Blazing Beaks (Switch) Review
Smoothly animated pixel art
Challenging but fair gameplay – if you die it is often your own fault
No bots in multiplayer mode
Random level generation can create some unfair scenarios
A twin-stick rogue-lite, Blazing Beaks is a simple, straight to the point action game that carries hours of play-die-repeat entertainment value. Gameplay-wise, there is a lot in common with games like Mana Spark with one of the biggest differences being all action takes place on a single screen giving more of a winner-takes-all arena vibe.
Each playable chicken carries unique skills to ensure each play through is different with encouraging experimentation. While the goal is to make it to the end of the enduring gauntlet, players will have to start over upon death, learning from their mistakes as a player. Along the way, artifacts can be collected then traded for perks and gold can be spent to buy new weaponry. My only complaint with this system is that there is no try before you buy option making expensive, new weapon purchases a gamble as you might not like it. Luckily, the main quest can be played cooperatively which makes reaching the end of each stage that much easier. However, loot will need to be divided among all players so there is some balance to the gameplay. The other side of this coin is that solo players will be set for a more difficult outing.
Since all playthroughs are different, replay factor is high. However, there are some annoyances that come with random generation such as item drops in correlation to door placement. For example, there were times when the second screen presented a locked door but there was no key to be found in screen one or in screen two. Luckily, even though it is not perfect, it is still playable.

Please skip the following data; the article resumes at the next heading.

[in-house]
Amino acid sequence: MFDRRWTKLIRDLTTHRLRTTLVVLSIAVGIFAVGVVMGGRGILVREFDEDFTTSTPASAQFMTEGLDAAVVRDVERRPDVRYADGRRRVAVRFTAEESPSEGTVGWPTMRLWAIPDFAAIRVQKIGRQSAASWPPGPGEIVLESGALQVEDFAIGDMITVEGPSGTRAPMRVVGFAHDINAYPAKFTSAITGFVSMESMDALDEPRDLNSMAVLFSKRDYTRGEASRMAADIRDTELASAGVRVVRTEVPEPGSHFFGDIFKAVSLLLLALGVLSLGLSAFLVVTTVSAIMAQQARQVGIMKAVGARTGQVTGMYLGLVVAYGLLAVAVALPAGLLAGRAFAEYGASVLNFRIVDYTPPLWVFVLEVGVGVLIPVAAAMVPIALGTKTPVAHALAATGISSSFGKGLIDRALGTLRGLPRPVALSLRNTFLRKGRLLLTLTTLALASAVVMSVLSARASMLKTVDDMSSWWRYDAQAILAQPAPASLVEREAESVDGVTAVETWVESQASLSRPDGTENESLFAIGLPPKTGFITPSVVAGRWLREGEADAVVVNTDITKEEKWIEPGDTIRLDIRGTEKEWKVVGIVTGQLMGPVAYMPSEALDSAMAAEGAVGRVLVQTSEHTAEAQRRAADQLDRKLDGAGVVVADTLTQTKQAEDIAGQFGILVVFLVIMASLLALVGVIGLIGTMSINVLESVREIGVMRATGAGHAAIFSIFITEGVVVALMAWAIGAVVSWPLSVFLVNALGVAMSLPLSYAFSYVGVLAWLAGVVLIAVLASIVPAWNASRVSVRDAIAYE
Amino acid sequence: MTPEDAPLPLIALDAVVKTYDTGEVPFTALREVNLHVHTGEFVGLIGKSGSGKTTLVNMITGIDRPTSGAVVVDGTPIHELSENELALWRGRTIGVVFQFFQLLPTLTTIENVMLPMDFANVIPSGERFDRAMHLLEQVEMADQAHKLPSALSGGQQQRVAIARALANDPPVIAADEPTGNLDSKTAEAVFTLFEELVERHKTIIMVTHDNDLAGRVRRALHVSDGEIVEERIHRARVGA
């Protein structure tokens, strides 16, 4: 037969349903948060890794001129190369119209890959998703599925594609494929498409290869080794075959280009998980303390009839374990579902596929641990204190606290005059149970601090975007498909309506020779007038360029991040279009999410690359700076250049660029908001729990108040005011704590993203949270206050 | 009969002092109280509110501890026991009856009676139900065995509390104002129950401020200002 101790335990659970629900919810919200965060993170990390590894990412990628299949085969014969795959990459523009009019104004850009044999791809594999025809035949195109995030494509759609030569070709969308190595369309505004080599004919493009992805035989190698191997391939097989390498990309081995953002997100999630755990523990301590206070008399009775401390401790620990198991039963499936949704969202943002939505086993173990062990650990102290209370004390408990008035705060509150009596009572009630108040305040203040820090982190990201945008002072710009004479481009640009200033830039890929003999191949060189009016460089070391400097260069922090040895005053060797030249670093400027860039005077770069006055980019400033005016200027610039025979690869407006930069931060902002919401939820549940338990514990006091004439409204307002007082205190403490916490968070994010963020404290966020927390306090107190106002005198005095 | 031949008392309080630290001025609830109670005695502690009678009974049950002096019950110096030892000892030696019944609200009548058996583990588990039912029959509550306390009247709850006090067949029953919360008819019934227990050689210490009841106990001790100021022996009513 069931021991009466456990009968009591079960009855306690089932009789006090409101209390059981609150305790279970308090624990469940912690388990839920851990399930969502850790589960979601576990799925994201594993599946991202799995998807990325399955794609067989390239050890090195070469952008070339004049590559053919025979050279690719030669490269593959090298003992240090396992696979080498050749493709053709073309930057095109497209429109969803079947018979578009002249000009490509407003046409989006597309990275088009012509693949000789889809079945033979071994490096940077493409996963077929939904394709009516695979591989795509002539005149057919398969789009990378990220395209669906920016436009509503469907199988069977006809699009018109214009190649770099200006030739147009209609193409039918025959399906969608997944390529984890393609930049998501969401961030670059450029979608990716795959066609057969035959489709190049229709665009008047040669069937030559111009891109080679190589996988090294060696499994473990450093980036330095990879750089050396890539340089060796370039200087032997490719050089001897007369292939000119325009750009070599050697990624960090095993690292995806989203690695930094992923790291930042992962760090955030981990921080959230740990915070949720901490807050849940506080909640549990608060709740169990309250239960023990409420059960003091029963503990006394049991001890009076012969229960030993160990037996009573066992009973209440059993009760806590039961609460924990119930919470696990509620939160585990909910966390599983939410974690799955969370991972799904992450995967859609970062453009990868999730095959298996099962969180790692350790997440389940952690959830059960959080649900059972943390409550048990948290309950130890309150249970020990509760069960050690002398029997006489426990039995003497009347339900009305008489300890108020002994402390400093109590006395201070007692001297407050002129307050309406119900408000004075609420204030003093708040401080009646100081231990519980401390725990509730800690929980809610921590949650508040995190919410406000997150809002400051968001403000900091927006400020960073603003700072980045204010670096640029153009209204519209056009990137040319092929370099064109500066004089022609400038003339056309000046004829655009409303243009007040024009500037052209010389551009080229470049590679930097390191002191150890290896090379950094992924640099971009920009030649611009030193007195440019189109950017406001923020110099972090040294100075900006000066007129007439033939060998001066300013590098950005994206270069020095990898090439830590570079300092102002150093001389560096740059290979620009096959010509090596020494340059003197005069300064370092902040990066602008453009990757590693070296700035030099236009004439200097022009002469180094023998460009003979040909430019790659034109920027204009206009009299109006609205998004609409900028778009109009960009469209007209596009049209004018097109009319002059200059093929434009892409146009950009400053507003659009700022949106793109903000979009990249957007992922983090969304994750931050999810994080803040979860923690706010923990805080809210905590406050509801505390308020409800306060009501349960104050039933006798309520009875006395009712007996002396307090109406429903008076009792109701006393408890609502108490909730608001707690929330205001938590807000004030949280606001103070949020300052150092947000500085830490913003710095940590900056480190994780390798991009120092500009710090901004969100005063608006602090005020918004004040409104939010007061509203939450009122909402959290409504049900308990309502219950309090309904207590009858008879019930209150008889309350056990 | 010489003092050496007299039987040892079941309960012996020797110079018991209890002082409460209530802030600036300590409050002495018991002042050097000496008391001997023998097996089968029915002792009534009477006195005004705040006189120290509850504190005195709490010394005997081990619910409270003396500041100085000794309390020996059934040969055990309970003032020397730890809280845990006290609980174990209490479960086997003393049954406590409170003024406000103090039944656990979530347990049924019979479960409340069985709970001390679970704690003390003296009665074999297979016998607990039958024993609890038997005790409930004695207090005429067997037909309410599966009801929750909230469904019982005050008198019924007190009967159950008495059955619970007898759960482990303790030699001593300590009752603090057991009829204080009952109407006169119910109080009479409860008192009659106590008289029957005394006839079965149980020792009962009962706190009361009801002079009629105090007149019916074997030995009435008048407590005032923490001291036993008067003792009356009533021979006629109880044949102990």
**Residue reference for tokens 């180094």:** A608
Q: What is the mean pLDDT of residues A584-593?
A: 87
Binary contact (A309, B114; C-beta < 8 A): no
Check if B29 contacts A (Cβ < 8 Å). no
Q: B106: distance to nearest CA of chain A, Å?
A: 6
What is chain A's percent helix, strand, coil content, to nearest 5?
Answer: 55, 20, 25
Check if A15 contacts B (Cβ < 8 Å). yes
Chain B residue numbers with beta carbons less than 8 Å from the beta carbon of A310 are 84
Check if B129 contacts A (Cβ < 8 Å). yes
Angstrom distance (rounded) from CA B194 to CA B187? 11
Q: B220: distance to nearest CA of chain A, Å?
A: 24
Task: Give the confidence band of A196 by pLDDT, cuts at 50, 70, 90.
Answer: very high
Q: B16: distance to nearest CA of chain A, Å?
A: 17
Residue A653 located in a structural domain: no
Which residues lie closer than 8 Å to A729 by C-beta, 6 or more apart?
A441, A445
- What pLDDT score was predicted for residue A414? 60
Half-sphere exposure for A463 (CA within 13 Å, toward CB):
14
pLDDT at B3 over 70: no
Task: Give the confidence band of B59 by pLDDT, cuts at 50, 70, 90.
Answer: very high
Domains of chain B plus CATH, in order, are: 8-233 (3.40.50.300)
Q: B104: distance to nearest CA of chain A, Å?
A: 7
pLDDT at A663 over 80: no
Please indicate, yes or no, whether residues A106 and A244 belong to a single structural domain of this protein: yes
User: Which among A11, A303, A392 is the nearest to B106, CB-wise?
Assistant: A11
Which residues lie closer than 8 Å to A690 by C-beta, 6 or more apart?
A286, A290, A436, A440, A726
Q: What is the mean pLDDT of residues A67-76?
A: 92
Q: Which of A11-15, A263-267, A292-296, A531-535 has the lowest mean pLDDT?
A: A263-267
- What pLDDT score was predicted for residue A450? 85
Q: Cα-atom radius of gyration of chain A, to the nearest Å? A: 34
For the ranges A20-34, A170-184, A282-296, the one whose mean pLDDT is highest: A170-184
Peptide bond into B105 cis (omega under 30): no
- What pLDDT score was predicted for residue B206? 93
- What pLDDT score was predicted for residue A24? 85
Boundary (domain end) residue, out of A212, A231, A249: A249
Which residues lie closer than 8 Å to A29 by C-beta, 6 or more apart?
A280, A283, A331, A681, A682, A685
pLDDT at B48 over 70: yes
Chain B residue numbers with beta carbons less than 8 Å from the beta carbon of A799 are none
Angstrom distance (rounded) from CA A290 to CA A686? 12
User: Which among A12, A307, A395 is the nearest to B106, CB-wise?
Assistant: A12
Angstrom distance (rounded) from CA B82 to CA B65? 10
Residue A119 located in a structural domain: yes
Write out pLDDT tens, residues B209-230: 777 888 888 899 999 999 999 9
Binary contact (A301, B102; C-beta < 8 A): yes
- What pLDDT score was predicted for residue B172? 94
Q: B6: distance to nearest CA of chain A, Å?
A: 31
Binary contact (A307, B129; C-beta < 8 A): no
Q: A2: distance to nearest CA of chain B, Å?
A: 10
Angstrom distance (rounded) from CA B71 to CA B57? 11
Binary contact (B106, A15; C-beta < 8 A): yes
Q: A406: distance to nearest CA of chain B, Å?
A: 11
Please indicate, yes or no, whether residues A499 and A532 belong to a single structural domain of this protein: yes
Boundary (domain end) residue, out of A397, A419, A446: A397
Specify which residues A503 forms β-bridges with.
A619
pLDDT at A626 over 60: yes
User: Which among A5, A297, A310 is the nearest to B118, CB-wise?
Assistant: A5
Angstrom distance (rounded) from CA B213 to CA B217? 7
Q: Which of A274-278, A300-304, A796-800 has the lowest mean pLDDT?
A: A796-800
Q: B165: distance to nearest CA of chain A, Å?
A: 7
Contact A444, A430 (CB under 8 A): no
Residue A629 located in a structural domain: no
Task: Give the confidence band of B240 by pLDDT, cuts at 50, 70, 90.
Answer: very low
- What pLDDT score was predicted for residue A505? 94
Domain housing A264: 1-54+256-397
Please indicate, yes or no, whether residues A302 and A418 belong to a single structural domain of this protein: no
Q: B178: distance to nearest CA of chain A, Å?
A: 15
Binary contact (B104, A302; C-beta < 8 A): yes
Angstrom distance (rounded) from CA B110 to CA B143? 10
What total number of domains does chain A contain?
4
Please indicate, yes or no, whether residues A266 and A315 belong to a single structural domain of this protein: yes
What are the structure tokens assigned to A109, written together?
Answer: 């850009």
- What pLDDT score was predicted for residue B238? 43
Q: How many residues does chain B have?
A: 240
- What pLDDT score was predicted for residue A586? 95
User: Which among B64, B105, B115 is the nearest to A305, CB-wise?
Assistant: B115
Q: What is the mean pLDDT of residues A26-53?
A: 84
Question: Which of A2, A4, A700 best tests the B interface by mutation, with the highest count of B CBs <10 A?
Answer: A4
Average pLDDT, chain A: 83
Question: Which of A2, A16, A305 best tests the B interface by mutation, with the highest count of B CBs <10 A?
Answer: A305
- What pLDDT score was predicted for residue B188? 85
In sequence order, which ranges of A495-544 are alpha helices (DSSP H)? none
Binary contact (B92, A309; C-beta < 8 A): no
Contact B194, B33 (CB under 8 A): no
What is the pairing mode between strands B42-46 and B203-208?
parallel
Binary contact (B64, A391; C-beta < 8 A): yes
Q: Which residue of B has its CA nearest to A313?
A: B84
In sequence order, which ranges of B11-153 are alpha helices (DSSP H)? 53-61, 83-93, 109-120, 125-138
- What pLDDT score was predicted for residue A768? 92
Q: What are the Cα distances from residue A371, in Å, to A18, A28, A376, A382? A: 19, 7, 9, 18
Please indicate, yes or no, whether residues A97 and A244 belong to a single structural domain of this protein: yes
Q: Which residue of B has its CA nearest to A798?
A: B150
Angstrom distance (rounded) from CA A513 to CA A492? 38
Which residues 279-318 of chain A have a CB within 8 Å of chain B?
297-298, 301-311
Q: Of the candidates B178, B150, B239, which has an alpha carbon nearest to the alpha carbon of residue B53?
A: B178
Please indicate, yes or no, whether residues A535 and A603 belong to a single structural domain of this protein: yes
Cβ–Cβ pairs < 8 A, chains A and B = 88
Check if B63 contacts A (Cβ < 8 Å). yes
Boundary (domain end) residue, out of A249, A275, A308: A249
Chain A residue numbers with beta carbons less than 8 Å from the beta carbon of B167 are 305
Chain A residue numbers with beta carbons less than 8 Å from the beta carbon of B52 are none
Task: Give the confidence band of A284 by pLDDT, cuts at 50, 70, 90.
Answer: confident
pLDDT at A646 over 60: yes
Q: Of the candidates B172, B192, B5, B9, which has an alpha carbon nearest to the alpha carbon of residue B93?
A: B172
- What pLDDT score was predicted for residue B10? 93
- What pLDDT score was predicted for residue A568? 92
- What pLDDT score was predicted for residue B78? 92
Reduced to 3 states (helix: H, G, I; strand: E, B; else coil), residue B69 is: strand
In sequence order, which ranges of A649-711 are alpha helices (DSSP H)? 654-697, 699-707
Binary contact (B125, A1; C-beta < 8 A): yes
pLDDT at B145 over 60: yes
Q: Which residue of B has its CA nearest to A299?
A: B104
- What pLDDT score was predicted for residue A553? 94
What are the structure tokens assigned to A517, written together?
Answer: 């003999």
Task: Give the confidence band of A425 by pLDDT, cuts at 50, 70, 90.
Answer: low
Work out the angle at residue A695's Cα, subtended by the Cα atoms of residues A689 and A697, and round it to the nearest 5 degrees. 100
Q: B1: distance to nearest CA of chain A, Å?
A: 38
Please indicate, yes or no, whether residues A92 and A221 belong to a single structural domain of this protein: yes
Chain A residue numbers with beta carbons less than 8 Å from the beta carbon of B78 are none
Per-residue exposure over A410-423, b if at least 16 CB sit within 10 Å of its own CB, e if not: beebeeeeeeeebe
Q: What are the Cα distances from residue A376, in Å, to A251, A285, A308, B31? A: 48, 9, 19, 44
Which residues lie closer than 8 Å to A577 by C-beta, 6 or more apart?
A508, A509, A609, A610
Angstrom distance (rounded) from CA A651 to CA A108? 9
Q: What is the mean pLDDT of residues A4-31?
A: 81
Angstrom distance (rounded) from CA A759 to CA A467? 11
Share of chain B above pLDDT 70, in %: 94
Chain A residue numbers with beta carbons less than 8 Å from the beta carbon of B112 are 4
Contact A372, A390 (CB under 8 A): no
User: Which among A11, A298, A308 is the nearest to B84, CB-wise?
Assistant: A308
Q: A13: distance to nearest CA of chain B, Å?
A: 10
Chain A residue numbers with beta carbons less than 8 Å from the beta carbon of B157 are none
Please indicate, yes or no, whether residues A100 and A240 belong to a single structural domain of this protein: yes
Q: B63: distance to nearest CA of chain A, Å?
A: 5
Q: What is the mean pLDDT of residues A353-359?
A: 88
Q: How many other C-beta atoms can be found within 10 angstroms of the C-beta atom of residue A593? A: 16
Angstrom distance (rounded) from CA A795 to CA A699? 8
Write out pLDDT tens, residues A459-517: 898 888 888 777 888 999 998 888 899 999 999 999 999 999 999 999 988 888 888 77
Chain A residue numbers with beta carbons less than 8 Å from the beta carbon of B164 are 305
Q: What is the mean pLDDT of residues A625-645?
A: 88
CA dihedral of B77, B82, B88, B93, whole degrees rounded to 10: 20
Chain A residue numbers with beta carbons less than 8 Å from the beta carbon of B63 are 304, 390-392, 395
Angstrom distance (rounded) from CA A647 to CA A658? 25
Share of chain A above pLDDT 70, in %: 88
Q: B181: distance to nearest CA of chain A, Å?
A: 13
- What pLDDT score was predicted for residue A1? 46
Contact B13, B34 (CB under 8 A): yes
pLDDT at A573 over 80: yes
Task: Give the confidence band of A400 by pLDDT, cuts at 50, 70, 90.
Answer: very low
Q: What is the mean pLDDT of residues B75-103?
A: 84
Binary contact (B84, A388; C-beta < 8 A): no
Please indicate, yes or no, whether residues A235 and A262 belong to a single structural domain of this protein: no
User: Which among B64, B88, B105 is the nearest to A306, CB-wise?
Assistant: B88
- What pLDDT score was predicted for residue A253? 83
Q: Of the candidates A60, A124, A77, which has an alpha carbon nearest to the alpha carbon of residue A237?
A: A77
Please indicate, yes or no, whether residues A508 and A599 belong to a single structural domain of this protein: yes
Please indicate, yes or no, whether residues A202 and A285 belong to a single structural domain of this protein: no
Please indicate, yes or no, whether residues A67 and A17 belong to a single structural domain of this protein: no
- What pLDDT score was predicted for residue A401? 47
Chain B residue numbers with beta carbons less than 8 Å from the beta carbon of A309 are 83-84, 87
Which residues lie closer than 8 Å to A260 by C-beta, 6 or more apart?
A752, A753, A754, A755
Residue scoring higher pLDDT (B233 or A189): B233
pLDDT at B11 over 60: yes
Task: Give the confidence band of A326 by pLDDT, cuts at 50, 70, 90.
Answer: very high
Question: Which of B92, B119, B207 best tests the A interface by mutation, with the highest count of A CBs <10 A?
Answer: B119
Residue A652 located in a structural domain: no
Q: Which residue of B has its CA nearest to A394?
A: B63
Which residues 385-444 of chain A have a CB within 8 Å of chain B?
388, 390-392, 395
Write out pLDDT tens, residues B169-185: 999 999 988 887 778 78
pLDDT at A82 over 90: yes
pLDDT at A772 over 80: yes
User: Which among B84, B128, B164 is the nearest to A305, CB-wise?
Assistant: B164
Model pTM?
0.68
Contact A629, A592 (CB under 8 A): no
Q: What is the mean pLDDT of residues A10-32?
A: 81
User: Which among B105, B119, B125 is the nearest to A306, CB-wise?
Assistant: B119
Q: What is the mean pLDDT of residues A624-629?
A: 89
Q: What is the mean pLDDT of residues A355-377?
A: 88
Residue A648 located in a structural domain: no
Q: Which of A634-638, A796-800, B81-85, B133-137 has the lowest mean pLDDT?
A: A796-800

Boss battles are huge too, each requiring a gimmick to complete. Although the game could have benefitted from a few more enemy types, it is rather enjoyable seeing monsters react to one another. If an enemy exploded near another enemy, both will be destroyed. If you lure an enemy over some spikes, they will take damage. This gives the player the freedom to get creative in battle. These tactics can also be used in the local PvP mode. Just keep in mind that at least two human players are required for battle mode as there is no option to compete against bots. Battle mode also features many options to toggle.
The reason the charming pixel art looks so great is the fluidly smooth animation. Personally, I had to uncheck the box for the screen shake option but glad the devs still provided this feature. Having the ability to tinker with the aim-assist is also welcomed. The soundtrack is a minimalist ambient theme but works well here. It is recommended to play this twin-stick shooter with a Pro Controller over the JoyCons due to the taller analog sticks; playing with the JoyCons feels a little crammed and inaccurate.
Blazing Beaks is a treat of a top-down rogue-lite. The twin stick mechanic is just as fluid as the visuals and the gameplay remains “just one more” type of addicting. The added co-op feature makes the campaign a solid option and competitive multiplayer is good for a few rounds if you can gather enough bodies on your sofa. If you enjoy a good sleeper hit, then there is a lot to like in this $15 Switch eShop download.
Also Try: Dungeon of the Endless
Don’t Forget About: Spelunky
Wait For It: Diablo IV
By: Zachary Gasiorowski, Editor in Chief myGamer.com